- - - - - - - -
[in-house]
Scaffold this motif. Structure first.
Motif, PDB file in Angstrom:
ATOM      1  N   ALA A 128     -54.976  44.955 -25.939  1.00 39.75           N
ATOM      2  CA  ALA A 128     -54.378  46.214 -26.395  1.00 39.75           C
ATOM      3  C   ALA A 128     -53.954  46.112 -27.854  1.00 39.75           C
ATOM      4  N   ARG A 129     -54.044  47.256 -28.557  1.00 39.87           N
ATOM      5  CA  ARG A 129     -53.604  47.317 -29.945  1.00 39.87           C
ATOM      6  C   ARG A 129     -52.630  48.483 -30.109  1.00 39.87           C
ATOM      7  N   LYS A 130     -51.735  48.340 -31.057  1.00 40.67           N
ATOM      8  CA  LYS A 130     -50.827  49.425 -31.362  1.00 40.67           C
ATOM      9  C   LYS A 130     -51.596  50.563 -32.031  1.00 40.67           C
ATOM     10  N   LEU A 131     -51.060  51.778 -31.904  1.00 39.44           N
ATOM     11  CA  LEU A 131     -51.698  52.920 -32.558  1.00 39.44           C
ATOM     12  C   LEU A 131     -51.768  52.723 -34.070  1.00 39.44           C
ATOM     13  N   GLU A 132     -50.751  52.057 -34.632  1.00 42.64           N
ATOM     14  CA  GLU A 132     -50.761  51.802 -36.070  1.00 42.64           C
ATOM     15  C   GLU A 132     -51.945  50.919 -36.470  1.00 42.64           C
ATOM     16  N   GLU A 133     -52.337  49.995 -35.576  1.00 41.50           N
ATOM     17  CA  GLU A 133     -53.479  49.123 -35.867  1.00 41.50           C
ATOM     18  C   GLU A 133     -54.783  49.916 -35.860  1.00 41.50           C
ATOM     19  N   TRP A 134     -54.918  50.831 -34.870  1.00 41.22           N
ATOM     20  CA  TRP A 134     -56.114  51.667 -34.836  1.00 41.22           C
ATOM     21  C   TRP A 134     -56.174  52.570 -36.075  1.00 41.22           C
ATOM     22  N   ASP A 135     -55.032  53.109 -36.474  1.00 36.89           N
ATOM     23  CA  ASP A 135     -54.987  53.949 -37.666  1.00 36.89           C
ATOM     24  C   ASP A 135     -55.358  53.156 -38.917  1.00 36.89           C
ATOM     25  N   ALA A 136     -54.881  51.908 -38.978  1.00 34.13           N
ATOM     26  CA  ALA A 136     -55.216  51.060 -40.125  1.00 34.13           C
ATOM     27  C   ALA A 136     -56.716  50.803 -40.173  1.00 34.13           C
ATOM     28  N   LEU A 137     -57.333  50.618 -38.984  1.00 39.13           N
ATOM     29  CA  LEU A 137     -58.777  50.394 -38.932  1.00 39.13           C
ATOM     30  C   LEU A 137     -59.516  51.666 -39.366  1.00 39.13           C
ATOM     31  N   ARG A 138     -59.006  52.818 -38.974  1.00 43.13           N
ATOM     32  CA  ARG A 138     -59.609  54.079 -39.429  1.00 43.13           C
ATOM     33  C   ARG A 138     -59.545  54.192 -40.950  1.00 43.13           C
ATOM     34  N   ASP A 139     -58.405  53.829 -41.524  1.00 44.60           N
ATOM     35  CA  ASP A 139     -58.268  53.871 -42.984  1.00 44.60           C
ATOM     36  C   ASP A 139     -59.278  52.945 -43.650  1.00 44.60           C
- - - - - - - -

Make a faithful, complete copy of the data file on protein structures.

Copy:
[in-house]
Scaffold this motif. Structure first.
Motif, PDB file in Angstrom:
ATOM      1  N   ALA A 128     -54.976  44.955 -25.939  1.00 39.75           N
ATOM      2  CA  ALA A 128     -54.378  46.214 -26.395  1.00 39.75           C
ATOM      3  C   ALA A 128     -53.954  46.112 -27.854  1.00 39.75           C
ATOM      4  N   ARG A 129     -54.044  47.256 -28.557  1.00 39.87           N
ATOM      5  CA  ARG A 129     -53.604  47.317 -29.945  1.00 39.87           C
ATOM      6  C   ARG A 129     -52.630  48.483 -30.109  1.00 39.87           C
ATOM      7  N   LYS A 130     -51.735  48.340 -31.057  1.00 40.67           N
ATOM      8  CA  LYS A 130     -50.827  49.425 -31.362  1.00 40.67           C
ATOM      9  C   LYS A 130     -51.596  50.563 -32.031  1.00 40.67           C
ATOM     10  N   LEU A 131     -51.060  51.778 -31.904  1.00 39.44           N
ATOM     11  CA  LEU A 131     -51.698  52.920 -32.558  1.00 39.44           C
ATOM     12  C   LEU A 131     -51.768  52.723 -34.070  1.00 39.44           C
ATOM     13  N   GLU A 132     -50.751  52.057 -34.632  1.00 42.64           N
ATOM     14  CA  GLU A 132     -50.761  51.802 -36.070  1.00 42.64           C
ATOM     15  C   GLU A 132     -51.945  50.919 -36.470  1.00 42.64           C
ATOM     16  N   GLU A 133     -52.337  49.995 -35.576  1.00 41.50           N
ATOM     17  CA  GLU A 133     -53.479  49.123 -35.867  1.00 41.50           C
ATOM     18  C   GLU A 133     -54.783  49.916 -35.860  1.00 41.50           C
ATOM     19  N   TRP A 134     -54.918  50.831 -34.870  1.00 41.22           N
ATOM     20  CA  TRP A 134     -56.114  51.667 -34.836  1.00 41.22           C
ATOM     21  C   TRP A 134     -56.174  52.570 -36.075  1.00 41.22           C
ATOM     22  N   ASP A 135     -55.032  53.109 -36.474  1.00 36.89           N
ATOM     23  CA  ASP A 135     -54.987  53.949 -37.666  1.00 36.89           C
ATOM     24  C   ASP A 135     -55.358  53.156 -38.917  1.00 36.89           C
ATOM     25  N   ALA A 136     -54.881  51.908 -38.978  1.00 34.13           N
ATOM     26  CA  ALA A 136     -55.216  51.060 -40.125  1.00 34.13           C
ATOM     27  C   ALA A 136     -56.716  50.803 -40.173  1.00 34.13           C
ATOM     28  N   LEU A 137     -57.333  50.618 -38.984  1.00 39.13           N
ATOM     29  CA  LEU A 137     -58.777  50.394 -38.932  1.00 39.13           C
ATOM     30  C   LEU A 137     -59.516  51.666 -39.366  1.00 39.13           C
ATOM     31  N   ARG A 138     -59.006  52.818 -38.974  1.00 43.13           N
ATOM     32  CA  ARG A 138     -59.609  54.079 -39.429  1.00 43.13           C
ATOM     33  C   ARG A 138     -59.545  54.192 -40.950  1.00 43.13           C
ATOM     34  N   ASP A 139     -58.405  53.829 -41.524  1.00 44.60           N
ATOM     35  CA  ASP A 139     -58.268  53.871 -42.984  1.00 44.60           C
ATOM     36  C   ASP A 139     -59.278  52.945 -43.650  1.00 44.60           C